Monday, February 18, 2013
Featured Author Display: John Green (November 2012)We have a slat wall above one of our computer sections. Occasionally, we will feature an author on that wall. We create a poster with a photo of the author as well as several of our favorite quotes by that author. We, of course, include the author's books. We also include a section of "If you like..." in which we recommend similar authors or titles. November's John Green display was a HUGE hit!!
Friday, February 15, 2013
TEEN READ WEEK, OCTOBER 2012
This display was created in the high school library for YALSA's Teen Read Week. To celebrate the event, a Chinese auction was held. Every time a student checked out a book, he or she received a ticket to enter to win one of our baskets. Students had the option to try for several different baskets. Most of the prizes included books (mostly ARCs). Some had autographed copies of books. The library had recently begun circulating DVDs, so we included a DVD basket as well.
Wednesday, February 6, 2013
The Scrapbook of Frankie Pratt by Caroline Preston
REVIEW BY NICKY
This book has so many elements that fall into my “favorites” category: scrapbooking, art, journaling, the 20s, flappers, New York City, Paris, etc. This was a very new and unique concept among YA books, so it has been circulating a lot in my library and is often recommended through word-of-mouth.
The story is told through the journal of Frankie Pratt, a bright young girl about to graduate from high school. She receives a scholarship from Vassar, but her widowed mother is unable to come up with the remaining portion of the tuition. After a brief romance with a young man, Captain James, Frankie is able to go to Vassar after her mother ingeniously comes up with the money. Once at Vassar, Frankie is immersed in a world of wealth, privilege, and intellectuals. Her degree and her writing experience take her to New York City upon her college graduation, and then we follow the adventurous young woman to Paris and the exciting life of are, expatriates, and cafes, where she, once again, crosses paths with the handsome Captain James.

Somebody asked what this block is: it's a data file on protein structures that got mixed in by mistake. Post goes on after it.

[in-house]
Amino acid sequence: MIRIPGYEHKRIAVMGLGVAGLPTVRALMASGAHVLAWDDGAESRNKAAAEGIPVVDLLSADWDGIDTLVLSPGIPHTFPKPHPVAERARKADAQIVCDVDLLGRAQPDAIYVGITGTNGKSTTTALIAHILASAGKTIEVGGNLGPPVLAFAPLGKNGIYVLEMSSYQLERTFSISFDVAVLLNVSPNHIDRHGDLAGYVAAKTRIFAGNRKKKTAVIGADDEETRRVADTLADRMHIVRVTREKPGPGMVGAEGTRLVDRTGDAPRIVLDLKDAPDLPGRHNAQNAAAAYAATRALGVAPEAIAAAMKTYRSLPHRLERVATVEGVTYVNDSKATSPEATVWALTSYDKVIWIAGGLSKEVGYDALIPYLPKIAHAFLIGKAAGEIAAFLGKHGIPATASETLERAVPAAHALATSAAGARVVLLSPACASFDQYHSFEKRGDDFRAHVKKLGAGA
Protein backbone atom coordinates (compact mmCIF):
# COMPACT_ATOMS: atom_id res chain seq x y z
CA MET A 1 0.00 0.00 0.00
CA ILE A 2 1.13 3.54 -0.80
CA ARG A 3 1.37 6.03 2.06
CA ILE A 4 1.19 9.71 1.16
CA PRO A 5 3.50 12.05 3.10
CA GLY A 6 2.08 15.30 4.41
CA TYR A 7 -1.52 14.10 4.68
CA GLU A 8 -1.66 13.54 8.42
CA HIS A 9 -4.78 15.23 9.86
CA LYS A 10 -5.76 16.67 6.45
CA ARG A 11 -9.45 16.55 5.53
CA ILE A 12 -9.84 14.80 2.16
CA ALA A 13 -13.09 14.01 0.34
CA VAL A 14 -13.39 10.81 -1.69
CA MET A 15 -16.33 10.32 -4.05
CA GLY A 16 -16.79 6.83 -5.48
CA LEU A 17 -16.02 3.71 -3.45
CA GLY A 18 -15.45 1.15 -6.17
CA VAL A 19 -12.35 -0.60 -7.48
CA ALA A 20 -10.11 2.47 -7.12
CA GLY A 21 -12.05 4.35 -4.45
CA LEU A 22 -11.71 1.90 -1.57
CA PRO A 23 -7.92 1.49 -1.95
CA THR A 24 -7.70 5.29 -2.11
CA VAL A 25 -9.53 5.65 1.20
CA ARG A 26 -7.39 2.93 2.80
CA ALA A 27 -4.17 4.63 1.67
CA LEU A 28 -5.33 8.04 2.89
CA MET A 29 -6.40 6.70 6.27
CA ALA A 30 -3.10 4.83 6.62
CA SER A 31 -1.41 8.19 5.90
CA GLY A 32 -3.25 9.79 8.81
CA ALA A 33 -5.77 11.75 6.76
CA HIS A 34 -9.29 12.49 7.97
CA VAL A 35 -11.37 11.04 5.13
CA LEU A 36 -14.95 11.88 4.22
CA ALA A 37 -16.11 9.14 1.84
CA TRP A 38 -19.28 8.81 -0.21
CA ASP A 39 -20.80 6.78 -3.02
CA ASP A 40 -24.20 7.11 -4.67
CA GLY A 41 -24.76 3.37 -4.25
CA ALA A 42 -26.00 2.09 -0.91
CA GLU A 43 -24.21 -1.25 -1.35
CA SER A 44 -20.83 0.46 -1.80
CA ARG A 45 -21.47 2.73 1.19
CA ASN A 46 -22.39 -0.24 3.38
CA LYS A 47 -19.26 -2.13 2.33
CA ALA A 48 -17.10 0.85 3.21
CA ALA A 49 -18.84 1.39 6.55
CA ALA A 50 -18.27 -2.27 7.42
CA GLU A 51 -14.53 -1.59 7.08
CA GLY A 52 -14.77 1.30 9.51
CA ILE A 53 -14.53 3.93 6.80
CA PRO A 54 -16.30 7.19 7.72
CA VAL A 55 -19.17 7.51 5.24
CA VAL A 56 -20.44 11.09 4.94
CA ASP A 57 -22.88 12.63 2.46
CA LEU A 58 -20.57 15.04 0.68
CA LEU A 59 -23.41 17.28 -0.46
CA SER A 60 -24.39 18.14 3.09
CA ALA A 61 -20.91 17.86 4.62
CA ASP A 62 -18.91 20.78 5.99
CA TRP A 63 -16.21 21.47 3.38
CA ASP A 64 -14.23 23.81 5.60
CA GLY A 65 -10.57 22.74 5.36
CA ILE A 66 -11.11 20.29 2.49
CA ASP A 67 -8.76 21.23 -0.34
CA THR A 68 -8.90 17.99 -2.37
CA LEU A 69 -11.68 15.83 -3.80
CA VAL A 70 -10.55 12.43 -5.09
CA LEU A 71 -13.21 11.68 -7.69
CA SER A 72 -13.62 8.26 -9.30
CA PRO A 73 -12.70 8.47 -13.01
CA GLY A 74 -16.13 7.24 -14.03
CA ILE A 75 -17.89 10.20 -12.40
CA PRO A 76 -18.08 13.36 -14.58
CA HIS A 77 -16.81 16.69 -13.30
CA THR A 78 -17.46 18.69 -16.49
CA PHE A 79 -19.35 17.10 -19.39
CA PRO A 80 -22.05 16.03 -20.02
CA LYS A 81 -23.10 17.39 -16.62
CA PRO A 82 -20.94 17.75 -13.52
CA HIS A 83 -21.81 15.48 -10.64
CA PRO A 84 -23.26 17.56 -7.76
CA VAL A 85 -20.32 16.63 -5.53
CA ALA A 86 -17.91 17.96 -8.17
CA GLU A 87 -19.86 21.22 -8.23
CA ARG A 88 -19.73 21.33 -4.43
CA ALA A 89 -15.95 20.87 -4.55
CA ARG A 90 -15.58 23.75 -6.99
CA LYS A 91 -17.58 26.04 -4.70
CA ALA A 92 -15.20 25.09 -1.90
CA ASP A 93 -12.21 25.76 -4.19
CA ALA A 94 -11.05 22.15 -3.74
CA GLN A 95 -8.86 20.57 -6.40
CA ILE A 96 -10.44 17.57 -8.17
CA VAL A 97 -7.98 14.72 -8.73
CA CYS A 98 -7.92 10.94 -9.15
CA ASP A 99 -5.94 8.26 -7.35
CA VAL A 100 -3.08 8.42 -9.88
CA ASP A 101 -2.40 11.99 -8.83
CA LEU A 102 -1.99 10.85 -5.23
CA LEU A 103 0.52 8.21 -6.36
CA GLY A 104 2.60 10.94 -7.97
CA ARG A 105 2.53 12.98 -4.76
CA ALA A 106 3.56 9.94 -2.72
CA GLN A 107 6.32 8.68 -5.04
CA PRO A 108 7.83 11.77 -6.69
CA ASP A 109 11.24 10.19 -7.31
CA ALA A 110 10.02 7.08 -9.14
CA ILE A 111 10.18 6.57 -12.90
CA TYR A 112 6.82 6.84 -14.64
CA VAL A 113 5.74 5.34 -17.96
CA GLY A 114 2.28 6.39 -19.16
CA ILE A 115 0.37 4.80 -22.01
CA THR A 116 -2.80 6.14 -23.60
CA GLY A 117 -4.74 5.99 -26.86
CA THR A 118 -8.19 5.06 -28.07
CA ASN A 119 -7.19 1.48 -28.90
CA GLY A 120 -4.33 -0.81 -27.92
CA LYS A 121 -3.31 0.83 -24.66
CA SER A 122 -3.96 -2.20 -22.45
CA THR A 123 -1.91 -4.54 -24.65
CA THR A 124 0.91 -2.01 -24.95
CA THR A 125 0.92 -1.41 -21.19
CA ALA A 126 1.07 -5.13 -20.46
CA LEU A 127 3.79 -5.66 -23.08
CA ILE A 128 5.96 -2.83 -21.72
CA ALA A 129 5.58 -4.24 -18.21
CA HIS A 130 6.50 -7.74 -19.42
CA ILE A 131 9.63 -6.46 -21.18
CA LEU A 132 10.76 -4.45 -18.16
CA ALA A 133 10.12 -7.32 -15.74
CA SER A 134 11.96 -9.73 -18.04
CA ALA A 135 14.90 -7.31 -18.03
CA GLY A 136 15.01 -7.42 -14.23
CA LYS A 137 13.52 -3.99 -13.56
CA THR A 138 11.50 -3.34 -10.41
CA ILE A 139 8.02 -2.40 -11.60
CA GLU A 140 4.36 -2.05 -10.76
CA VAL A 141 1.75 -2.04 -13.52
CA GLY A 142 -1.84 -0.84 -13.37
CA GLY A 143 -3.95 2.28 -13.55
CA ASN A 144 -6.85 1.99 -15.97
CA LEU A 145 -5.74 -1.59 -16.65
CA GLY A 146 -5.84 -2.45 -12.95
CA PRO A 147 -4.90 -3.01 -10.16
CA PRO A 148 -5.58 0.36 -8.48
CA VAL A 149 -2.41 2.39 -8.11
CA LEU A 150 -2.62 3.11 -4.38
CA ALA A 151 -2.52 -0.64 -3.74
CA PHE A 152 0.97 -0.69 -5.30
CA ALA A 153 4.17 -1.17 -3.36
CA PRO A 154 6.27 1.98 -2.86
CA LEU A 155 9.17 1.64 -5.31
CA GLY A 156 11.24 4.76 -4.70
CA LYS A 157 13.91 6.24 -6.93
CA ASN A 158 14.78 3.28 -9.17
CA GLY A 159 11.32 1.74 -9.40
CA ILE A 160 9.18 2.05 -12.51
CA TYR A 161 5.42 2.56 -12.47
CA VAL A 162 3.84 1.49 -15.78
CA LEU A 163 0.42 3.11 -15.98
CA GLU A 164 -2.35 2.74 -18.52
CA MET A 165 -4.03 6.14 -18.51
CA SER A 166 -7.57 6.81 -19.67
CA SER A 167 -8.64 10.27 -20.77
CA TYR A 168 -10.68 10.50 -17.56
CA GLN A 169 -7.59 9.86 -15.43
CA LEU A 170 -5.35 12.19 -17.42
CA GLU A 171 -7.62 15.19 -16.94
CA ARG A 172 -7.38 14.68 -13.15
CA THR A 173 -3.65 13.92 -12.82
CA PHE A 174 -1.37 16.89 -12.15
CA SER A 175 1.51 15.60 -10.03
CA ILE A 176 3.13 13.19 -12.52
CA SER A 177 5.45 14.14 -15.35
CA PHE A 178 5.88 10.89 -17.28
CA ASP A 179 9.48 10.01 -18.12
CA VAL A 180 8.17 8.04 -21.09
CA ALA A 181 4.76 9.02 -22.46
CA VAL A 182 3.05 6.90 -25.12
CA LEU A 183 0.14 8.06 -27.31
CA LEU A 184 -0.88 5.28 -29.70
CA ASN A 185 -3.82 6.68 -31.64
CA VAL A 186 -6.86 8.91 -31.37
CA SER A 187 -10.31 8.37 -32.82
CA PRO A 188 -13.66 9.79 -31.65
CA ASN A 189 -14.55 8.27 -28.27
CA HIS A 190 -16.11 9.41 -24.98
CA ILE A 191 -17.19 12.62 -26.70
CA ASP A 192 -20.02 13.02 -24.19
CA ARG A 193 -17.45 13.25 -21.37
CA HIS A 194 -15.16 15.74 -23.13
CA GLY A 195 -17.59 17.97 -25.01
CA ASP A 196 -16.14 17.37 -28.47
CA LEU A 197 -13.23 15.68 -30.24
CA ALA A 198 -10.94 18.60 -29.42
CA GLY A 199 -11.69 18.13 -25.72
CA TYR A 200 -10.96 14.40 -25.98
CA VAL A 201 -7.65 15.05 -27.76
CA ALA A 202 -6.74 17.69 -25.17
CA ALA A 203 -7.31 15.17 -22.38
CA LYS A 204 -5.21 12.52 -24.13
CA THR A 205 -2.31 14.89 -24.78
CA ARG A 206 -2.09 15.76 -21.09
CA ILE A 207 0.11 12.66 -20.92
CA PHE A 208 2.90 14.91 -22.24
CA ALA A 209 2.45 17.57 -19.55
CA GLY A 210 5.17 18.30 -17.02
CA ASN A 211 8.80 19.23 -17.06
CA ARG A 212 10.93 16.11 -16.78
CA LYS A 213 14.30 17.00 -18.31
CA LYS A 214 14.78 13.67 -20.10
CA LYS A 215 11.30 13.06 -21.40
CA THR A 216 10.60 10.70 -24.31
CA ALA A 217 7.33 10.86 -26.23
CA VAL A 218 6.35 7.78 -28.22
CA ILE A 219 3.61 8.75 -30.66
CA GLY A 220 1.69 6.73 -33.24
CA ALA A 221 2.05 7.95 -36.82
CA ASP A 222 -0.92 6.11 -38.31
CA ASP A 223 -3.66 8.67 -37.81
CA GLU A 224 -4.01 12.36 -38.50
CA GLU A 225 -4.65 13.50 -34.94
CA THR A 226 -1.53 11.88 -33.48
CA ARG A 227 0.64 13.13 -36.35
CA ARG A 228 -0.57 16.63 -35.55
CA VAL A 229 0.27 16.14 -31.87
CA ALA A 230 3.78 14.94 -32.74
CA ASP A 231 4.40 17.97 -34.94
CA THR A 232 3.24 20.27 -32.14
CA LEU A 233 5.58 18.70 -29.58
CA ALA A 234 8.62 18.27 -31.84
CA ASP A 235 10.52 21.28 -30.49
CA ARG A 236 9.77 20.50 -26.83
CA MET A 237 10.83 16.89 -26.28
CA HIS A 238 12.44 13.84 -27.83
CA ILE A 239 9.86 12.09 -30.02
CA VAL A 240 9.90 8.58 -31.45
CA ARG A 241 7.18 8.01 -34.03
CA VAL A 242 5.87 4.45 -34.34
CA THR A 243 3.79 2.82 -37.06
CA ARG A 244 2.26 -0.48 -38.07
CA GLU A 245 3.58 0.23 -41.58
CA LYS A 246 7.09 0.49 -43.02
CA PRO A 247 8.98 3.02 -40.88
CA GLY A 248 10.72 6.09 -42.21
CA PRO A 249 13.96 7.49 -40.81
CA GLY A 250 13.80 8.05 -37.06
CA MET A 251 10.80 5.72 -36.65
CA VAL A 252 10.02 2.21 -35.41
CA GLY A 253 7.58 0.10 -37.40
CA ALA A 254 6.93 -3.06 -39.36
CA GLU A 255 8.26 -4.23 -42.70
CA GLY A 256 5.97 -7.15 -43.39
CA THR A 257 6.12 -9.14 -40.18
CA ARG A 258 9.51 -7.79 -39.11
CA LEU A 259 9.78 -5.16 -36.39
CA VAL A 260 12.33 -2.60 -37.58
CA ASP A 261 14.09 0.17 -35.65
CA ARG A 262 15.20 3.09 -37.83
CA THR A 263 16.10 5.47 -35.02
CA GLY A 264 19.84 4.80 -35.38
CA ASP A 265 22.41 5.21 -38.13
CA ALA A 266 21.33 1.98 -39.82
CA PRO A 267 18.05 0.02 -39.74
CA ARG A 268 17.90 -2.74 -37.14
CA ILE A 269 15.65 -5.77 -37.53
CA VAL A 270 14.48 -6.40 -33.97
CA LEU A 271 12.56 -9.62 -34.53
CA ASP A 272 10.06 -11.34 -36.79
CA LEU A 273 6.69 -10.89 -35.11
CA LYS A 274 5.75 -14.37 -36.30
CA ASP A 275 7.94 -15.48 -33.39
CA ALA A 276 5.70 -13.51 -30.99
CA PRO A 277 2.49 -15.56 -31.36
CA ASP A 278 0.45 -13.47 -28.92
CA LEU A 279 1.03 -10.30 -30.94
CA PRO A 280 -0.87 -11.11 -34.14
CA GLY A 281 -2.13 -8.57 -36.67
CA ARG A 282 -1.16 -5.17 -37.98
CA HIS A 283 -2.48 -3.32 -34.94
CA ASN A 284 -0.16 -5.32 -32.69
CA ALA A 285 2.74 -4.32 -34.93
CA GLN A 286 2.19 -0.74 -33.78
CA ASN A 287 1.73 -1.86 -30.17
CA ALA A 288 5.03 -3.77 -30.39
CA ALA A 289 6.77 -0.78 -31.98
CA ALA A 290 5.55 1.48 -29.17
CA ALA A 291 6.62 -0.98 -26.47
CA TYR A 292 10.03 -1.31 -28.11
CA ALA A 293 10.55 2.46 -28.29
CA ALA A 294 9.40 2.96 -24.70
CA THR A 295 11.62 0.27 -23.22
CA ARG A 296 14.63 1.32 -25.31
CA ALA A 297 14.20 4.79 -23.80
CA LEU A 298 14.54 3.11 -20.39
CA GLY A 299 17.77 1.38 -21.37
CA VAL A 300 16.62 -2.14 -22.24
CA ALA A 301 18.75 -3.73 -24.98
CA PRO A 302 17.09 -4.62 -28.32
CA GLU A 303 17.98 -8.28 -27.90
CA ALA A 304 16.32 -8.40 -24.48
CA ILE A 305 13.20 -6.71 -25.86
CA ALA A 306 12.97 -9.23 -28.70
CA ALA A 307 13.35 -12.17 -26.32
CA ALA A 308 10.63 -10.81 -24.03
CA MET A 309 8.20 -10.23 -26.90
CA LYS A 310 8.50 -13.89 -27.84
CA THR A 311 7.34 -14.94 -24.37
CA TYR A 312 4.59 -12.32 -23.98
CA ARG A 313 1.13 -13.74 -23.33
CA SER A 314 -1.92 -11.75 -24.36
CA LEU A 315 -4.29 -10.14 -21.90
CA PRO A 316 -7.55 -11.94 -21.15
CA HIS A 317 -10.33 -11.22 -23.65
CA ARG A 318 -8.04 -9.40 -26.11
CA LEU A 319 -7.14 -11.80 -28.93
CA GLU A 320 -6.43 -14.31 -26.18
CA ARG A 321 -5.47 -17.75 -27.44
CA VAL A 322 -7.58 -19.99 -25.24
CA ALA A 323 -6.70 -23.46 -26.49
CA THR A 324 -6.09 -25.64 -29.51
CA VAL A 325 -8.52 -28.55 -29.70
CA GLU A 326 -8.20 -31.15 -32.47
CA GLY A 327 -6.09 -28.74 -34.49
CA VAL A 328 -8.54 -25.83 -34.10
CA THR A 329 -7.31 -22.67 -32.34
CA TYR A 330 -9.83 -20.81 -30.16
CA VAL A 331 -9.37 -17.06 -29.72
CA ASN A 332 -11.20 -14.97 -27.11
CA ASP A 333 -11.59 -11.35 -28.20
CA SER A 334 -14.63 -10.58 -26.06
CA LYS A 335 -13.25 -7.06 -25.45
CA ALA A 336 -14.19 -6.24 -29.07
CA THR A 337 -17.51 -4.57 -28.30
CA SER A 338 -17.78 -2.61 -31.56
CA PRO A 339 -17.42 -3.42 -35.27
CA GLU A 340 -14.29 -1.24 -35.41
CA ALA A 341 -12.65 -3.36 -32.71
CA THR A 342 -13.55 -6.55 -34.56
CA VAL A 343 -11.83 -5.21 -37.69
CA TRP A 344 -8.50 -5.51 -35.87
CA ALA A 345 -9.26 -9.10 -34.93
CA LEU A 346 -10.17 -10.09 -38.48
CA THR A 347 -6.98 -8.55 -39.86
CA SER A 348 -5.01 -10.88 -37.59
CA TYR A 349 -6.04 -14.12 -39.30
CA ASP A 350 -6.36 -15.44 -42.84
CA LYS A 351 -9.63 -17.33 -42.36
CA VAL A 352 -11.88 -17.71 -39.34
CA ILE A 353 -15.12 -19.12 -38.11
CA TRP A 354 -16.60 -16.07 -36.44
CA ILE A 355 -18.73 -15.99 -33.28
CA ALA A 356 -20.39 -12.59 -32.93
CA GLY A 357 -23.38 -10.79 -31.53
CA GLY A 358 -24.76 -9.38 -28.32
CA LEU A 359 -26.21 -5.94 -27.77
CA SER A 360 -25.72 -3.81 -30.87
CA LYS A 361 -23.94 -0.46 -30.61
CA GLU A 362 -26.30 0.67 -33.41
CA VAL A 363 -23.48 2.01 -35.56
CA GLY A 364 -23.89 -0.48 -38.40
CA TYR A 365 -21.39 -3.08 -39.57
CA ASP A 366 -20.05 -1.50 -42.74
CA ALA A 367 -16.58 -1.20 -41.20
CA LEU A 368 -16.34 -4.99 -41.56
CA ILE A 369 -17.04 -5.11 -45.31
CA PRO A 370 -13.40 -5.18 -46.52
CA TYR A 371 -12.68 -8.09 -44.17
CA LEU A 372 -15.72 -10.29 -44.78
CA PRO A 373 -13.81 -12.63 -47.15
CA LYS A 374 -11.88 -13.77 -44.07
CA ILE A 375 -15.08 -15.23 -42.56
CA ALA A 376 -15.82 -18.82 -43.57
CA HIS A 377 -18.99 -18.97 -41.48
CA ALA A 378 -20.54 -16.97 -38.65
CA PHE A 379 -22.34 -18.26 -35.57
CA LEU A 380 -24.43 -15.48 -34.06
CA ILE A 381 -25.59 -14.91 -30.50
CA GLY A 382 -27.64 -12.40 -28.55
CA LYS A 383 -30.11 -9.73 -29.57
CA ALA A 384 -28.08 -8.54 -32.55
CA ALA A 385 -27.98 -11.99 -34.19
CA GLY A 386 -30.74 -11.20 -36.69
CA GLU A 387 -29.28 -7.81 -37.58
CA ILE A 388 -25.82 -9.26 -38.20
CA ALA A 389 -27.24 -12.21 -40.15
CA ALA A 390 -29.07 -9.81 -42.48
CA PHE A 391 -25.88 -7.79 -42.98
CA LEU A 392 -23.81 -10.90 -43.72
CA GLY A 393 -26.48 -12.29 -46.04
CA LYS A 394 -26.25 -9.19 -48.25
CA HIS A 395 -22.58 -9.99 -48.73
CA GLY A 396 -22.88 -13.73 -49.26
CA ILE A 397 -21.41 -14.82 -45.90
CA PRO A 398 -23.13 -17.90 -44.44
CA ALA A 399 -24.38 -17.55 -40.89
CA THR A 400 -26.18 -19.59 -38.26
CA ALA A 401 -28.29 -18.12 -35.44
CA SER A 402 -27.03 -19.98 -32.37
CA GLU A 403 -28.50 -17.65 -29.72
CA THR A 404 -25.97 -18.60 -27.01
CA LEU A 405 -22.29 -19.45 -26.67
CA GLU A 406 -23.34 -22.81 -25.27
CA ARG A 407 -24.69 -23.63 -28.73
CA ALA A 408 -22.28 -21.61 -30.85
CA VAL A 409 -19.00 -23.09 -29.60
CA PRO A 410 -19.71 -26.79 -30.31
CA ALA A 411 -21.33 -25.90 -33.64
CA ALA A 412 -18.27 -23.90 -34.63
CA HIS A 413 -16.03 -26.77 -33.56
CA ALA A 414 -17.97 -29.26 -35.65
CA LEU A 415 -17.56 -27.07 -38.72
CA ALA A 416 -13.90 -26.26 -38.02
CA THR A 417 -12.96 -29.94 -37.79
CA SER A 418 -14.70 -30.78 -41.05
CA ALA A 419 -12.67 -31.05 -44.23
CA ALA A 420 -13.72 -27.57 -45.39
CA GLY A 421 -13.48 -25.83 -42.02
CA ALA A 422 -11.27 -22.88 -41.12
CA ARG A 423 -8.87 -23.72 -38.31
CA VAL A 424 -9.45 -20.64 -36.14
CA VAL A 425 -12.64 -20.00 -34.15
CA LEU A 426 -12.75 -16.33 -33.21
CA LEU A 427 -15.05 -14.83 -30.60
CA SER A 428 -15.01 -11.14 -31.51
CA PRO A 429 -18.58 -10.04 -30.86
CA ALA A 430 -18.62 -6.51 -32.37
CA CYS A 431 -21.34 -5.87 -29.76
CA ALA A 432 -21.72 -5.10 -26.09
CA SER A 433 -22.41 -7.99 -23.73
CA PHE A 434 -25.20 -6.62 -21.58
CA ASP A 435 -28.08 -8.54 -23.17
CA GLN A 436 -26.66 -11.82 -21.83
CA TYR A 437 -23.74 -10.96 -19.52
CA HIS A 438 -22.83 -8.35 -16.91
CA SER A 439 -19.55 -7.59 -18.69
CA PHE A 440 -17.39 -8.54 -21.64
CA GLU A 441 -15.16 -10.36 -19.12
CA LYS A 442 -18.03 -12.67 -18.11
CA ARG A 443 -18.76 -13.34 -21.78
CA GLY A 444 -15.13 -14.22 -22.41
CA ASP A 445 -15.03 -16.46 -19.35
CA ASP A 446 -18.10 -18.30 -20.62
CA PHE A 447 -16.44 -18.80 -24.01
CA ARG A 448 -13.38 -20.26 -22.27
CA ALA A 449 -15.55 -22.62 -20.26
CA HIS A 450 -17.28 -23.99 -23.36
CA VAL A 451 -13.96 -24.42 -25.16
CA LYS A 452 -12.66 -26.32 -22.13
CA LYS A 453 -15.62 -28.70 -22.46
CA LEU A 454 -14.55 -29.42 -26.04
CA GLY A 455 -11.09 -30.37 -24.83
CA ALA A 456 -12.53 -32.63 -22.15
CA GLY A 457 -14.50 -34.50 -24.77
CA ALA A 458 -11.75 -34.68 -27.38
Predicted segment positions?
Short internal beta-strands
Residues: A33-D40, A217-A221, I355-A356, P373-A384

There is quite a lot of story here, despite the text actually appearing in snippets on the page—surrounded by art, photographs, and memorabilia. Surprisingly, the images on the page do not draw your attention away from the story, which is a testament to Preston’s story-telling ability. However, I did become so involved in Frankie’s story, that I find myself wanting to go back to the book to actually look at all the scrapbook elements on the pages. Despite my joy at having found such a unique gem of a book, I was somewhat disappointed in the end. *****SPOILER ALERT***** I admit to feeling somewhat disappointed that, with her education and writing talent, and after all of her adventures in exciting cities, Frankie comes back to her hometown to “settle down” and marry a high school beau. I picture Frankie married to the young doctor, staying at home, caring for her mother and a brood of children. I am not saying there isn’t honor or happiness to be found in such a life (one that sounds quite a bit like mine—one I am quite happy with), but it just seems to me that Frankie’s character would have been discontent with such complacency.